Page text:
Further research is needed to fully comprehend the performance of the PROMIS Sleep Disturbance and Sleep-Related Impairment item banks in adolescents with and without known sleep problems. Of particular focus should be the items that were deleted from the item banks, confirming that they inadequately measure sleep problems for this age group. Items that performed poorly in the final CFA should also be reviewed statistically and conceptually and revised or removed if necessary. Although item content for both translated item banks were considered relevant, comprehensive, and comprehensible [33], it would also be beneficial to confirm that differences are due to age and not due to culture or translation. Research into cultural differences in adolescent sleep patterns has been mostly focused on sleep time: Asian adolescents sleep significantly less than Americans, who in turn sleep significantly less than European and Australian adolescents. Cultural practices, such as the competitive educational system in most Asian countries and the earlier school start times in USA, are thought to influence these bed times. Research into the consequences of inadequate sleep has been strongly limited by a large variety in methods to asses these consequences. The available data suggest tendency for higher rates of daytime sleepiness in Asian adolescents [1, 41]. To evaluate if differences are due to age or cultural aspects, it is important to also validate the Dutch–Flemish Sleep Disturbance and Sleep-Related Impairment item bank in an adult Dutch general population, and to test for differential item functioning (DIF) between adolescents and adults. IRT properties of finalized questionnaires must also be studied and reported in order to support the use of CAT versions in the future. Researchers from the Children’s Hospital of Philadelphia have recently developed PROMIS Pediatric Sleep Health Item Banks for children ages 8 and up [42]. Future studies should investigate what the most suitable instruments are for adolescents.

This study is limited by a general adolescent population. Without including adolescents with known sleep problems, it was not possible to assess the performance of the highest categories of the items. This would have brought us a further understanding of their ability to effectively measure sleep problems in adolescents with and without sleep problems. The current sample is representative of the general adolescent population in the Netherlands regarding age and sex distribution. All educational levels are represented, though our sample has a higher percentage of higher level education students.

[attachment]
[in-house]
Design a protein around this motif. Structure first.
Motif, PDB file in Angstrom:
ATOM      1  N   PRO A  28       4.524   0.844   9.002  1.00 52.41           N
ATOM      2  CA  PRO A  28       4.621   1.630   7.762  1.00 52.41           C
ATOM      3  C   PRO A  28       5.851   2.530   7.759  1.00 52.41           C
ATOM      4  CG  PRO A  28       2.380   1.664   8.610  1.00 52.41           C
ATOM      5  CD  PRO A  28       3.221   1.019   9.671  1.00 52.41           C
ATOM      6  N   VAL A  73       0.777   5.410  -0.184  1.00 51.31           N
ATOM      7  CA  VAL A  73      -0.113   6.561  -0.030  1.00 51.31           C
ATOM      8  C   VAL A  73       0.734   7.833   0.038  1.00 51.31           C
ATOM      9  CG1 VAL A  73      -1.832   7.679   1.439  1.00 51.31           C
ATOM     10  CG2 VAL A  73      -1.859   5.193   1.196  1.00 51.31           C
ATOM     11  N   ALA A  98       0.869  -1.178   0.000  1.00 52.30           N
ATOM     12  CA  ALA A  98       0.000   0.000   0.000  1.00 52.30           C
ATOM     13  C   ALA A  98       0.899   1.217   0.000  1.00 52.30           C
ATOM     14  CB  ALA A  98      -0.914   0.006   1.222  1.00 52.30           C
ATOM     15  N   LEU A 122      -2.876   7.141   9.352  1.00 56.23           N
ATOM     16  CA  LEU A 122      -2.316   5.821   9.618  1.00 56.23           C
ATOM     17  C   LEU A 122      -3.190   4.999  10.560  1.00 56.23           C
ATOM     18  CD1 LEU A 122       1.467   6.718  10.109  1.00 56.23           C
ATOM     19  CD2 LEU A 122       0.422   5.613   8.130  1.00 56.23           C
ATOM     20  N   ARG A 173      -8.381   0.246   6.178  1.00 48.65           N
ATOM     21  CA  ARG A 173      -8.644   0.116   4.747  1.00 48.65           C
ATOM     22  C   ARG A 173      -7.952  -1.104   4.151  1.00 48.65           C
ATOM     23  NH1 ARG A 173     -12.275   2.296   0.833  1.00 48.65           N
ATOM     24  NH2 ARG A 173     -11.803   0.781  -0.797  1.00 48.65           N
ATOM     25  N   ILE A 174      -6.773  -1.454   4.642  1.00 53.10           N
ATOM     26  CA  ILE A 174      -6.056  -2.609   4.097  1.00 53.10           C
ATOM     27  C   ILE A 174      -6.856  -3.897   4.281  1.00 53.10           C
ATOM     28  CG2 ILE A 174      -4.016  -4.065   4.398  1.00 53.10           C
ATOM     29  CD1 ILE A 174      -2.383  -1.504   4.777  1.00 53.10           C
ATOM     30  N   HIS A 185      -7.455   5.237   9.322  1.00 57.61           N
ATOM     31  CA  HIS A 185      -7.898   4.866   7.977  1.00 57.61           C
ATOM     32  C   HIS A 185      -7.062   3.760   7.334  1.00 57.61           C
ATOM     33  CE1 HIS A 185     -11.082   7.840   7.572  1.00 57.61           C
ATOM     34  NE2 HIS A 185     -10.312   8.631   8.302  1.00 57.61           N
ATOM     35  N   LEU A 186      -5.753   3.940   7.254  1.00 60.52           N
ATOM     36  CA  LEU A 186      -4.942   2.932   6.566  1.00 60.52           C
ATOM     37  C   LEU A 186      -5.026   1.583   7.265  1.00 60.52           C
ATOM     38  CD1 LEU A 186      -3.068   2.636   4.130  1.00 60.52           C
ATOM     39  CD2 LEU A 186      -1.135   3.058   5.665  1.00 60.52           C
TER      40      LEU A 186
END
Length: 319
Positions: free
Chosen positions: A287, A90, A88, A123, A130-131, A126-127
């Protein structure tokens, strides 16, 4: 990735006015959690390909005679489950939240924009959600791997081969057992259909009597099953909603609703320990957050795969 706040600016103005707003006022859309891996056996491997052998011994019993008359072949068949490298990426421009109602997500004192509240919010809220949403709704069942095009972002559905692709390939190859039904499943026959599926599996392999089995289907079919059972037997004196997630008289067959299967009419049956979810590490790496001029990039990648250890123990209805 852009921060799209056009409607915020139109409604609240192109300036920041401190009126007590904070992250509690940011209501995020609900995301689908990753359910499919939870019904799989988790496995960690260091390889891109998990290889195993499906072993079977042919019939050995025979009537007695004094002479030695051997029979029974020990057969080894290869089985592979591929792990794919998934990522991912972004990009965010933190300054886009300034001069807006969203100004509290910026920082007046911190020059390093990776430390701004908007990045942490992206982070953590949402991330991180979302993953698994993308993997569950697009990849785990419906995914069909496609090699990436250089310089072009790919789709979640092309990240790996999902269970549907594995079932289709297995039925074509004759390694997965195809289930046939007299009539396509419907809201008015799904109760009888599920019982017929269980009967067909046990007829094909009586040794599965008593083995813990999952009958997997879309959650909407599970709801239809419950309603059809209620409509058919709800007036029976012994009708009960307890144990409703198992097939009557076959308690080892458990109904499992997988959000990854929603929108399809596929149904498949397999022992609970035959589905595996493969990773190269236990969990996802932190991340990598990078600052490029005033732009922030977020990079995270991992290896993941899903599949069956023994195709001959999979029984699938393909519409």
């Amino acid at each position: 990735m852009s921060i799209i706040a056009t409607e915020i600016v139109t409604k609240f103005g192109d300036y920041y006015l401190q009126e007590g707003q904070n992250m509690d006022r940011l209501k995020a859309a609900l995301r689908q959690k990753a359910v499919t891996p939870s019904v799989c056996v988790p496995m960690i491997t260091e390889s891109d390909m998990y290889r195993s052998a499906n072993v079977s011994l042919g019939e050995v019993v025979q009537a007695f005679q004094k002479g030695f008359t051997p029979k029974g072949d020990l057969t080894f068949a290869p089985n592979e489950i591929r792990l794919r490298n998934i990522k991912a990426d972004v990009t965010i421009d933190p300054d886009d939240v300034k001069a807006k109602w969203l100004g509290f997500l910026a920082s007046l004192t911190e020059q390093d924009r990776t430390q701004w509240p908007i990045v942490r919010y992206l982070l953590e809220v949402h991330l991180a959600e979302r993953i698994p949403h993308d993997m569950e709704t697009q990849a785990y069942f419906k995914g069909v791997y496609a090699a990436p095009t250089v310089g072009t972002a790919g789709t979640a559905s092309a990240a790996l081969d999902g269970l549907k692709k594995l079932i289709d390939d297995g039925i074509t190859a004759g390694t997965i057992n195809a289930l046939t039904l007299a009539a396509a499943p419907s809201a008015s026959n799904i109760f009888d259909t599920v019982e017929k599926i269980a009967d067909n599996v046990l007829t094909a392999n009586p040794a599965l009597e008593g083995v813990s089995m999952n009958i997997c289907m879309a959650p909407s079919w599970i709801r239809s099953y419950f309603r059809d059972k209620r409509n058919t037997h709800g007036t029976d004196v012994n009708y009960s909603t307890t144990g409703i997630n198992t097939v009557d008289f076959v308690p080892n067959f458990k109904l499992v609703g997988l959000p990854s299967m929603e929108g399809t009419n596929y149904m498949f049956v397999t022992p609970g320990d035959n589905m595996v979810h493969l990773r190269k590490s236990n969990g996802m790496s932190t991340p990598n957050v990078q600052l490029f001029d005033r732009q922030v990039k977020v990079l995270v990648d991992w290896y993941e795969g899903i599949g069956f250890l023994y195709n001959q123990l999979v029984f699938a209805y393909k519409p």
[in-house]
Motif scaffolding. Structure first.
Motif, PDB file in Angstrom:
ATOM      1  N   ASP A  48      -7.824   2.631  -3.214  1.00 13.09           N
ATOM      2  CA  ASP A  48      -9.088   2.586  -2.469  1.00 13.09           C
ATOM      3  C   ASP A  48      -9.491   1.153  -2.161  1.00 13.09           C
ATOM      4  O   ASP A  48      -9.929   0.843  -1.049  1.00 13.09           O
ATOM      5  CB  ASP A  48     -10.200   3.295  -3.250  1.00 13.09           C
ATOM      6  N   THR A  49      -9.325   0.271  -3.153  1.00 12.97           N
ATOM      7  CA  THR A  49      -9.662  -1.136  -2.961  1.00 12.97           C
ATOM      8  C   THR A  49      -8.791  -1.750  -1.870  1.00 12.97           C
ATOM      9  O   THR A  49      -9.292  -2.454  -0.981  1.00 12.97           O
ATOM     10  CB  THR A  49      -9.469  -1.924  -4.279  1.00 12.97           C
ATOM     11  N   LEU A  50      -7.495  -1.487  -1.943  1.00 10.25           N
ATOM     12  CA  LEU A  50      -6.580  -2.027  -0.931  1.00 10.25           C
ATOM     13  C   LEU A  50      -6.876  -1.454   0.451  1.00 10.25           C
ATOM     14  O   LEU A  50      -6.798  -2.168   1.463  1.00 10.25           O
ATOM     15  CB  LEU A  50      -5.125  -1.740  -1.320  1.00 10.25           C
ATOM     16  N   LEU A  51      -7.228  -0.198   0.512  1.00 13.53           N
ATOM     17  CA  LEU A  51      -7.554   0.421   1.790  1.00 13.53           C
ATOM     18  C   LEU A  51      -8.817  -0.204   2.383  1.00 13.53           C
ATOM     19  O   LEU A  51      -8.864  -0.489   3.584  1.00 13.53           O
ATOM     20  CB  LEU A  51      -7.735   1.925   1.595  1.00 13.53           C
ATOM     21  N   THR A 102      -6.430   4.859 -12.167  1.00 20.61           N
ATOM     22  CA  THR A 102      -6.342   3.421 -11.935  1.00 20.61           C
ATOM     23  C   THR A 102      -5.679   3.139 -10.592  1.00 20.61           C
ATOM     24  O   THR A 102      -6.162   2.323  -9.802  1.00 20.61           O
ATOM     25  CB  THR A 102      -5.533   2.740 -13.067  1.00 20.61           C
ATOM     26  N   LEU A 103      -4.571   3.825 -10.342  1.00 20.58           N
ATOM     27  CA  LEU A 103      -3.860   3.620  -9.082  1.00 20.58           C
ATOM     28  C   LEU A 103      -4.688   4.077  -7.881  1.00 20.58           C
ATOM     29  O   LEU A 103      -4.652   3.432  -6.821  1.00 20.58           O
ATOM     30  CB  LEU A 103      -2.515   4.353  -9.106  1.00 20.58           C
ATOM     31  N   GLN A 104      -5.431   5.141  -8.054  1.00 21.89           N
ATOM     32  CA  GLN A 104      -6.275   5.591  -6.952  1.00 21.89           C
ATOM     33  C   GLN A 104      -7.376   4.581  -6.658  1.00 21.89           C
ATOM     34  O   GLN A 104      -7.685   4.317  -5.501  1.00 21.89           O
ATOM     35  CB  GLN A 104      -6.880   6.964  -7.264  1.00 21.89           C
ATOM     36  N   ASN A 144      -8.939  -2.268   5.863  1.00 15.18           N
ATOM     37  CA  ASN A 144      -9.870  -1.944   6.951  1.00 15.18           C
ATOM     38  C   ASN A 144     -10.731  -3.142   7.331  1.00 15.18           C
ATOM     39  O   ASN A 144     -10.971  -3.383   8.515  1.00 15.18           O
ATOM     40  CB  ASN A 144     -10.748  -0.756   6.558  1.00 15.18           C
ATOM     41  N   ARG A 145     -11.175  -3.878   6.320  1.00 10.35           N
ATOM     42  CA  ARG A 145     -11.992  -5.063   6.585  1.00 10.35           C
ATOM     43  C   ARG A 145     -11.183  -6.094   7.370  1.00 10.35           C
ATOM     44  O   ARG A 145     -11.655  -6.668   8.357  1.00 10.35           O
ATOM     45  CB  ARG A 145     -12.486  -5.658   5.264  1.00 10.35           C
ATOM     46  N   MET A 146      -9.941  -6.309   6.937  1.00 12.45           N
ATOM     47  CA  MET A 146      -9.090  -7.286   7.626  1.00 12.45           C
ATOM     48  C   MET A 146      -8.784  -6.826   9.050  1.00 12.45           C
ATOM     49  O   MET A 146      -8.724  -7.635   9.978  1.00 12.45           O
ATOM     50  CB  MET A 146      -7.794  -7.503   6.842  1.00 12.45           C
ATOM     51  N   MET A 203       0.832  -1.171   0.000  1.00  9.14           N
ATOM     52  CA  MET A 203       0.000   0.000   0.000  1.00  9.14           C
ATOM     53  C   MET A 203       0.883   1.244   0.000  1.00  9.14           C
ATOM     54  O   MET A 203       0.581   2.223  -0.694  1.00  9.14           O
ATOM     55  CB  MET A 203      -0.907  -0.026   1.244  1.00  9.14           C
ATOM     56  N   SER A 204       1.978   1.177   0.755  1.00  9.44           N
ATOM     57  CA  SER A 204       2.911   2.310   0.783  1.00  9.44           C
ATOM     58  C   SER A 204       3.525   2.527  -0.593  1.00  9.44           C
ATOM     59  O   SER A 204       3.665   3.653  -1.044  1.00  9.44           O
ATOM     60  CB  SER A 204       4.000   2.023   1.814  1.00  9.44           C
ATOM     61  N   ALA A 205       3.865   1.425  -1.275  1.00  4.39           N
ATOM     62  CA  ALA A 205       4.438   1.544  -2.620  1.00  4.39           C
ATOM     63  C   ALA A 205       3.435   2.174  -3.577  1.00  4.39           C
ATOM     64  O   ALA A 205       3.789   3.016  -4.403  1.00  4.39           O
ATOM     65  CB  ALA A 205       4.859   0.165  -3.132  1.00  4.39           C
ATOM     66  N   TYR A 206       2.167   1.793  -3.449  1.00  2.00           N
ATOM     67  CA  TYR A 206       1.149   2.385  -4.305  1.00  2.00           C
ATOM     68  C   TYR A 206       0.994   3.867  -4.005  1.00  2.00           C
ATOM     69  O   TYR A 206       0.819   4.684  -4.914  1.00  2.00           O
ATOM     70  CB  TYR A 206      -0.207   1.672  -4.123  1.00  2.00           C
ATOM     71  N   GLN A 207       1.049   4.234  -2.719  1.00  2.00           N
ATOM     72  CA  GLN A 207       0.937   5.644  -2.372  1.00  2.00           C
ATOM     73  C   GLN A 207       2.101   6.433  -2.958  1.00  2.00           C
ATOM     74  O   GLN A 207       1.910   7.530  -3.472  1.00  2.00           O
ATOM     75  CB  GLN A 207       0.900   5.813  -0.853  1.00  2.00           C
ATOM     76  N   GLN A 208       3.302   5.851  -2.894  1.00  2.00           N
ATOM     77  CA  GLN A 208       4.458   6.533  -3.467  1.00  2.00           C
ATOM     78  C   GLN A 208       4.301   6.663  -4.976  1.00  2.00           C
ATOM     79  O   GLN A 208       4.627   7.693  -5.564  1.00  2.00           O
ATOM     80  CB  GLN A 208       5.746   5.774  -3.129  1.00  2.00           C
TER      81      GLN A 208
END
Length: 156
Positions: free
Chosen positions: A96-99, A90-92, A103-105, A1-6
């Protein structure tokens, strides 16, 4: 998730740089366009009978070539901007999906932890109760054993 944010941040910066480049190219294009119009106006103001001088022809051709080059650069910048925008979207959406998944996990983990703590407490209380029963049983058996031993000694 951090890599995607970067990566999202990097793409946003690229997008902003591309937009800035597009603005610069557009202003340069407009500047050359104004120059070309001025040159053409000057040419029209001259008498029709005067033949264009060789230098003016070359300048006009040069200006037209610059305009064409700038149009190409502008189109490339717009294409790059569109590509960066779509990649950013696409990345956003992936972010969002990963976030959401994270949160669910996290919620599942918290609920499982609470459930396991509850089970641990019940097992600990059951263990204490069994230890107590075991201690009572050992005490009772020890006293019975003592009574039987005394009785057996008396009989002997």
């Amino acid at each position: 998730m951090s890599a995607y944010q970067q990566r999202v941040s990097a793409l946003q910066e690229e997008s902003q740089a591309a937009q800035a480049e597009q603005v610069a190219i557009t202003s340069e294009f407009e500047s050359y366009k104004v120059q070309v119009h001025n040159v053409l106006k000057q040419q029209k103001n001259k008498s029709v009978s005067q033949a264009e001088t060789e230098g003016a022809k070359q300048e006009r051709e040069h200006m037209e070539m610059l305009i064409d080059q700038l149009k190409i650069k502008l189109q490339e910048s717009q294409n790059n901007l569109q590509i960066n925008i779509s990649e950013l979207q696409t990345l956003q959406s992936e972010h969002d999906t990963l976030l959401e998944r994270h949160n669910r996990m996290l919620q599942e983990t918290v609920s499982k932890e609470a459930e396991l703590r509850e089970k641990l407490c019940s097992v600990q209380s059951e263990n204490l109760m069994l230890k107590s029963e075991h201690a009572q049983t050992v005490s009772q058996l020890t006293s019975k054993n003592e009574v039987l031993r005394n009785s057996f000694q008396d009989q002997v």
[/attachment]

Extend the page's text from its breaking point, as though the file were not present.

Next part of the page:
Second, the performance of the final models was assessed in a relatively small retest dataset. Previous research has shown that response rates in surveys are generally low and have been declining. Sax et al. reported a 17–24% response rate in web- and paper-based surveys in a group of over 4000 freshman college students [43]. In our sample, only 372 out of 1046 students provided their e-mail address and 124 of them completed the retest, resulting in a final response rate of 33%. We do not have information on the specific reason for participants not to provide an e-mail address or failing to fill out the retest. However, a reason could be that students were asked to fill out the retest at home, as it was unfortunately not possible to also fill out the retest during school hours. Third, IRT analyses were not yet performed due to uncertainty regarding unidimensionality of the item banks, and thus further research will be necessary.

In summary accurately measuring sleep problems in adolescents is needed, but requires the use of validated instruments. The one-factor models for the PROMIS V1.0 Sleep Disturbance and V1.0 Sleep-Related Impairment item banks could not be replicated in a Dutch adolescent population. With the use of cross-validation procedures, revisions were made to improve the Sleep-Related Impairment item bank, resulting in a useful model of 11 items. However, it was difficult to find a model of adequate model fit for the Sleep Disturbance item bank. Although the final PROMIS Sleep Disturbance-23 for adolescents and PROMIS Sleep-Related Impairment-11 for adolescents item banks provide the groundwork in which clinicians can begin assessing adolescent sleep, additional research is needed to identify optimal instruments for assessing Sleep Disturbance and Sleep-Related Impairment in adolescents.


Compliance with ethical standards

Conflict of interest

Caroline B. Terwee is coordinator of the Dutch–Flemish PROMIS group ( and president of the PROMIS Health Organization. She previously received grants for work on the translation and validation of the PROMIS item banks. The other authors declare that they have no conflict of interest.


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© The Author(s) 2018

Open AccessThis article is distributed under the terms of the Creative Commons Attribution 4.0 International License (, which permits unrestricted use, distribution, and reproduction in any medium, provided you give appropriate credit to the original author(s) and the source, provide a link to the Creative Commons license, and indicate if changes were made.

Authors and Affiliations

  1. 1.Department of Pediatric Oncology - HematologyVU University Medical Centre AmsterdamAmsterdamThe Netherlands
  2. 2.Department of Epidemiology and Biostatistics and Amsterdam Public Health Research InstituteVU University AmsterdamAmsterdamThe Netherlands
  3. 3.Princess Máxima Center for Pediatric OncologyUtrechtThe Netherlands